According to the Bureau of Labor Statistics (BLS), 3.4 workers’ compensation claims are submitted for every 100 full-time employees each year.
Having insurance for your startup is one of the most important aspects to pay attention to. Two insurance types that are advised for startup owners to invest in are General Liability Insurance and Workers Compensation Insurance.
General liability insurance, also known as commercial general liability insurance (CGL) and LLC general liability insurance, is a basic insurance policy that protects your small business’s assets from a variety of dangers. To find out what General Liability Insurance covers, read more here.
Workers Compensation insurance for startups is an important part of your insurance portfolio that will help your company run successfully. If your employees suffer a work-related injury or sickness, Workers Compensation will pay their lost wages. As a beginning company, it is unquestionably an insurance policy to consider.
What does Workers’ Compensation Insurance Cover?
If your employees suffer a work-related injury or illness, Workers’ Compensation Insurance will cover their missed wages. The lost wages, medical bills, and even disability and burial benefits can be reimbursed regardless of how the damage occurs. The only stipulation is that it has to happen as a result of their work. If a worker injures his or her back at home and then comes to work and injures it, even more, he or she would most certainly be denied because it was a pre-existing condition.
Risks of Starting a Business Without Workers Compensation Insurance
Since you’re a startup, the most important thing is to make money, which means decreasing costs anywhere you can. To save money, many business owners turn to their insurance coverage first. While adjusting coverage limits and deductibles can sometimes help, Workers Compensation is not usually the place to search for cost savings.
Here are some of the consequences of not providing this vital coverage to your staff:
Legalities in Your State
Workers Compensation Insurance is required in most states. Each state has its own set of rules and regulations. Some states only require it if you have a particular amount of employees, while others don’t require it at all for small enterprises. It’s advisable to consult with a knowledgeable insurance agent who is familiar with state regulations and can guide you through the procedure.
Employers’ Liability Insurance
While Workers Compensation insurance covers employees, it also protects you as a business. Even if you run a family business, you can’t count on them not to sue you. This coverage will cover the costs of defending you in an employment-related lawsuit. This usually occurs when an employee believes that you, as the employer, were irresponsible and as a result, they were injured. It will also cover settlements and judgments in addition to defense costs.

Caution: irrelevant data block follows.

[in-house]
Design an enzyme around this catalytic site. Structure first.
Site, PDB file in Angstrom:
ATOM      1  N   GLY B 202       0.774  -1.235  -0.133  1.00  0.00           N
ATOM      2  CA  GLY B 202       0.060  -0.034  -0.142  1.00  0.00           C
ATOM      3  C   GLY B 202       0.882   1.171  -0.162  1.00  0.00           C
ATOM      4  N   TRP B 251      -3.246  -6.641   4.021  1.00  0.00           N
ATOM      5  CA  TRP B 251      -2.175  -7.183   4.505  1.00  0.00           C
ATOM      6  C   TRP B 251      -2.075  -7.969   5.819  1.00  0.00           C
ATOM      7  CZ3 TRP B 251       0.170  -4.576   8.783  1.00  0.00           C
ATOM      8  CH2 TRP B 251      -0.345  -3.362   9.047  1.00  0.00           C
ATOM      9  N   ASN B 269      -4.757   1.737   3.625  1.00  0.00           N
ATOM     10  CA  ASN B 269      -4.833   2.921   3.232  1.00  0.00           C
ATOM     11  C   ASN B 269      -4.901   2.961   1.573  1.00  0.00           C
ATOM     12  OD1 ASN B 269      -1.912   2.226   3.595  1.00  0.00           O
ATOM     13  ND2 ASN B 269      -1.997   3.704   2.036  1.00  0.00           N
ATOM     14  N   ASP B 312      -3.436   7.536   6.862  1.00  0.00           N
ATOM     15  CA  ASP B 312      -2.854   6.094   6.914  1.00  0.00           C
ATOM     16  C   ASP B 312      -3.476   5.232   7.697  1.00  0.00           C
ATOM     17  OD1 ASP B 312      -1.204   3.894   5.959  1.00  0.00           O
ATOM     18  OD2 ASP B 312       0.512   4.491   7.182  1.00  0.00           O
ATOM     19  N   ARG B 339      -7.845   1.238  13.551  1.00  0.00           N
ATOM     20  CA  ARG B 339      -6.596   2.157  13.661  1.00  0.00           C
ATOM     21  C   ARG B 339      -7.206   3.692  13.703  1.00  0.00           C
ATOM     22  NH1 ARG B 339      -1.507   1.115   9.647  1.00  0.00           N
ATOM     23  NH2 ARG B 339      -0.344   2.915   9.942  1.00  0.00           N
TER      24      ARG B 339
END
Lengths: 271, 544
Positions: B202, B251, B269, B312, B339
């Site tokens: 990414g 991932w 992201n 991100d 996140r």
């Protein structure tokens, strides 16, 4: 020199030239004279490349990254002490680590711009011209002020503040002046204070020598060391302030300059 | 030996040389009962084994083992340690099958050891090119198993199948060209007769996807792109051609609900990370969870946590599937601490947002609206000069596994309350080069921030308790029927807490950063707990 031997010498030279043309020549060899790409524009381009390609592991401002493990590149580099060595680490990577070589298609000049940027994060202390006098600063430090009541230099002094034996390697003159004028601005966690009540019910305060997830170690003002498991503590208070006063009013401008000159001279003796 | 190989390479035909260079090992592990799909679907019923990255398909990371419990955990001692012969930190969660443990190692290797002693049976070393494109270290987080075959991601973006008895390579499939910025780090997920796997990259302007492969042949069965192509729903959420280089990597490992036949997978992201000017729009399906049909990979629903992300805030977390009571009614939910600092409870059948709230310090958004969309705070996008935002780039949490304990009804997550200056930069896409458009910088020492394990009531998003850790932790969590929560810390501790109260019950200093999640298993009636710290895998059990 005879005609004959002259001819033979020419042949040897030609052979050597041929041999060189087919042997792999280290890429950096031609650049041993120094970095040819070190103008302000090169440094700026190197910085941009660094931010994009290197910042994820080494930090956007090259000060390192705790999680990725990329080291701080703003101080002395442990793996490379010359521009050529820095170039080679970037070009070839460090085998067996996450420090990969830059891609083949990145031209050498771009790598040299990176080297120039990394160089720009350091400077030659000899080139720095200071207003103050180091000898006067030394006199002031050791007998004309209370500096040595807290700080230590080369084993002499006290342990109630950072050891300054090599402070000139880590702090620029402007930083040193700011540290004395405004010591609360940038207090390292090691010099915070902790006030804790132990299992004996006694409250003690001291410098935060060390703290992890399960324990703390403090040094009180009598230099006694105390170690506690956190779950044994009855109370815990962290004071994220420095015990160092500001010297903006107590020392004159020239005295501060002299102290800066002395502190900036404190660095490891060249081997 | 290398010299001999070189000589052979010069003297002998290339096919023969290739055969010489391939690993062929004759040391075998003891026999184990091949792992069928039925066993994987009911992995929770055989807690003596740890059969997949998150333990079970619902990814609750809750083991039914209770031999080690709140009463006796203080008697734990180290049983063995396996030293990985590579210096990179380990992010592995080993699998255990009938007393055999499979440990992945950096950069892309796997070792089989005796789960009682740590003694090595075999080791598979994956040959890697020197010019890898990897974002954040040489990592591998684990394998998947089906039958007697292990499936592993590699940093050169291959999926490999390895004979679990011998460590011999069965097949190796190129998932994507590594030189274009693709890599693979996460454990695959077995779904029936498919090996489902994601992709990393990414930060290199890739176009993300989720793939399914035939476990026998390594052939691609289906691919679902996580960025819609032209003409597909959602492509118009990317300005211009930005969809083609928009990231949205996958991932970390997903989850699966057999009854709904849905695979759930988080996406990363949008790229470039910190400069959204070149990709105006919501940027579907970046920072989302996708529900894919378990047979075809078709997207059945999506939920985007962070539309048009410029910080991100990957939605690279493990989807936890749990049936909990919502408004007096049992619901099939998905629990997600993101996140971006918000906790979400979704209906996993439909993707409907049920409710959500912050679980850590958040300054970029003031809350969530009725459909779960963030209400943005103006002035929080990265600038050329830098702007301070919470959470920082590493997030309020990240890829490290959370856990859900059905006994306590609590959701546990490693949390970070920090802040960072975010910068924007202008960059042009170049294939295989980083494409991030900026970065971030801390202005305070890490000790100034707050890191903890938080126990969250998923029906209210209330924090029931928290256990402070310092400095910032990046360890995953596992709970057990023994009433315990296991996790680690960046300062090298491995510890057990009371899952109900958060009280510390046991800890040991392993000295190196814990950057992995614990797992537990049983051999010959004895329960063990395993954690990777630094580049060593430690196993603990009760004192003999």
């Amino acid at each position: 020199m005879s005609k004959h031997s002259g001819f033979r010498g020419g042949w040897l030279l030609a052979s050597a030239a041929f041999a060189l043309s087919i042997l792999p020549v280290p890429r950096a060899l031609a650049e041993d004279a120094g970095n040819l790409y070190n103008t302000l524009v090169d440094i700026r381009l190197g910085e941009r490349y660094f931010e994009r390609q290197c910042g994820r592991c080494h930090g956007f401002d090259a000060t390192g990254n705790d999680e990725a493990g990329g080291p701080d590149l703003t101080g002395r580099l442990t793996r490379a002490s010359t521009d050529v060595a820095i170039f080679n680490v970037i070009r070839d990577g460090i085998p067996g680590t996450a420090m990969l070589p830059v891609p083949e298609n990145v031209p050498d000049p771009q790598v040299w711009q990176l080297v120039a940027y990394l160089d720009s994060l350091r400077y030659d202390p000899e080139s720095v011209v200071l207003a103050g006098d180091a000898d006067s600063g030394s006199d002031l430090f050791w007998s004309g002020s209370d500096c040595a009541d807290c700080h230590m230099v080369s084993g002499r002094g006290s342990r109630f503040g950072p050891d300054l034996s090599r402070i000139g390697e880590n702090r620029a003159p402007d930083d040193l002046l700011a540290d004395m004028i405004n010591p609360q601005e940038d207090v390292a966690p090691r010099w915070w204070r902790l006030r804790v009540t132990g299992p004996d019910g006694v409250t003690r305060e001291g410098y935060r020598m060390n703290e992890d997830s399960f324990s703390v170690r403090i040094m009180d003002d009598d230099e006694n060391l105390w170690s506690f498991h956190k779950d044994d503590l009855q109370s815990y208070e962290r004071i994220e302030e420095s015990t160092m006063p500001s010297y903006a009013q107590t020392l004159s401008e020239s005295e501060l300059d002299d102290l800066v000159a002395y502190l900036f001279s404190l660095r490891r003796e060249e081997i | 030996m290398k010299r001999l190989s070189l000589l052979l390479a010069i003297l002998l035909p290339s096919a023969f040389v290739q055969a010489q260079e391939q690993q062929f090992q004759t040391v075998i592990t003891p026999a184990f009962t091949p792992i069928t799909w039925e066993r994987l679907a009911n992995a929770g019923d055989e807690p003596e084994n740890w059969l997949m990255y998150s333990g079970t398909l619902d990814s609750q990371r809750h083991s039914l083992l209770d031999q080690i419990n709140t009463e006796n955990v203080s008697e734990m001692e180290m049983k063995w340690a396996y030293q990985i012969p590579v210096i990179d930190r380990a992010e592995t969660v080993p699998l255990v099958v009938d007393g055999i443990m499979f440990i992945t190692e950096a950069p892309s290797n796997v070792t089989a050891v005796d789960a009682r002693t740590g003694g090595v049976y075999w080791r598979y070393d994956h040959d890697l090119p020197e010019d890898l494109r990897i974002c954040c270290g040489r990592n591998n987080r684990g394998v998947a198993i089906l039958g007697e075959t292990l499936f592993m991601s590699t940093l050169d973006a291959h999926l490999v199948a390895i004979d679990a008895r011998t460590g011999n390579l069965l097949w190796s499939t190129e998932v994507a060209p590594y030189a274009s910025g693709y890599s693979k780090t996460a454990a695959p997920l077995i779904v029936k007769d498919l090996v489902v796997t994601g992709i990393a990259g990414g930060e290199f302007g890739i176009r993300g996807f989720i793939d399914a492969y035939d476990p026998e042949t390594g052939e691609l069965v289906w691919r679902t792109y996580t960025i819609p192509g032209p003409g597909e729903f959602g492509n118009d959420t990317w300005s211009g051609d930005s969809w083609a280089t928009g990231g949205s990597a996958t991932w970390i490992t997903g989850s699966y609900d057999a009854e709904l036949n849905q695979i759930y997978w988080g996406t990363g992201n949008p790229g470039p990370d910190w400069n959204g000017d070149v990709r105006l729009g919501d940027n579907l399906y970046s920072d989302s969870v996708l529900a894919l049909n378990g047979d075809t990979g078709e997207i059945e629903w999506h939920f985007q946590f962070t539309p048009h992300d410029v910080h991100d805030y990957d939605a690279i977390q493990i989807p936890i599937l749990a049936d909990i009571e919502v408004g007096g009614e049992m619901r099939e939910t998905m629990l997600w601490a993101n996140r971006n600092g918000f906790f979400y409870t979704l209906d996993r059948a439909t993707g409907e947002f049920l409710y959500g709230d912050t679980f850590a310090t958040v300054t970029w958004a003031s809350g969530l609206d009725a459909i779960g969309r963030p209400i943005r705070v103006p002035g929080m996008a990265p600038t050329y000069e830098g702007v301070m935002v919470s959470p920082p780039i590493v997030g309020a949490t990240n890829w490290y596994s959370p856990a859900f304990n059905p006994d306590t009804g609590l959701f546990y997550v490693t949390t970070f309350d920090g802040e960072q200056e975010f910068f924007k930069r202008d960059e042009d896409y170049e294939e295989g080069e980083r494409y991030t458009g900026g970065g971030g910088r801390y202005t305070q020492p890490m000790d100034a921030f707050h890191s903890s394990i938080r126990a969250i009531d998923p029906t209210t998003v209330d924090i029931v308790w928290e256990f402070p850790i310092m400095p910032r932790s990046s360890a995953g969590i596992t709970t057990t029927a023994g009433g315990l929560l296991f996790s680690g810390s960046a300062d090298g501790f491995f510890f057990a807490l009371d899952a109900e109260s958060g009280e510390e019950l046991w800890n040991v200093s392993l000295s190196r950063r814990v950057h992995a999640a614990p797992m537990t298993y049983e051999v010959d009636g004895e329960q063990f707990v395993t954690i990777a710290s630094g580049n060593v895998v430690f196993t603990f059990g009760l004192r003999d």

You may believe your company is immune to harm or illness. Even those who work at a desk all day are vulnerable to injury. Carpal tunnel syndrome, which is caused by repetitive typing and writing, is a common Workers Compensation claim. Also, if you leave something in the bathroom walkway, such as an empty box, there’s a risk they’ll trip over it. Unexpected events can occur in any industry, and it is best to be prepared and equipped to support your staff. If your employee is injured on the job, you will undoubtedly be held liable, so avoid a lawsuit.
Is Workers’ Compensation Insurance Necessary?
There are certain exceptionally rare instances in which a startup will have no workers. However, depending on the business, a contract may need it even in these cases. For example, a contractor who is a sole proprietor with no workers may bid on a job for a general contractor, and the general contractor will want Workers Compensation coverage simply because it is required by their standard contract. It will be something the contractor must have in order to get the work done.
Furthermore, most states require firms to have Workers Compensation insurance, and you should make every effort to comply with all state regulations.
With the exception of Texas, most states require companies to get this coverage. Noncompliance can lead to jail time, huge fines and fees, and even stop-work orders. The excitement of starting a new business is swiftly tamped down by the fear of incurring expenses. While paying for insurance may seem like another expense you don’t want to undertake, it is better to do so in order to avoid an expensive lawsuit. Your employees rely on you to not just pay their bills, but also to protect them from harm and disease. Consult an experienced insurance agent to ensure that you have adequate coverage.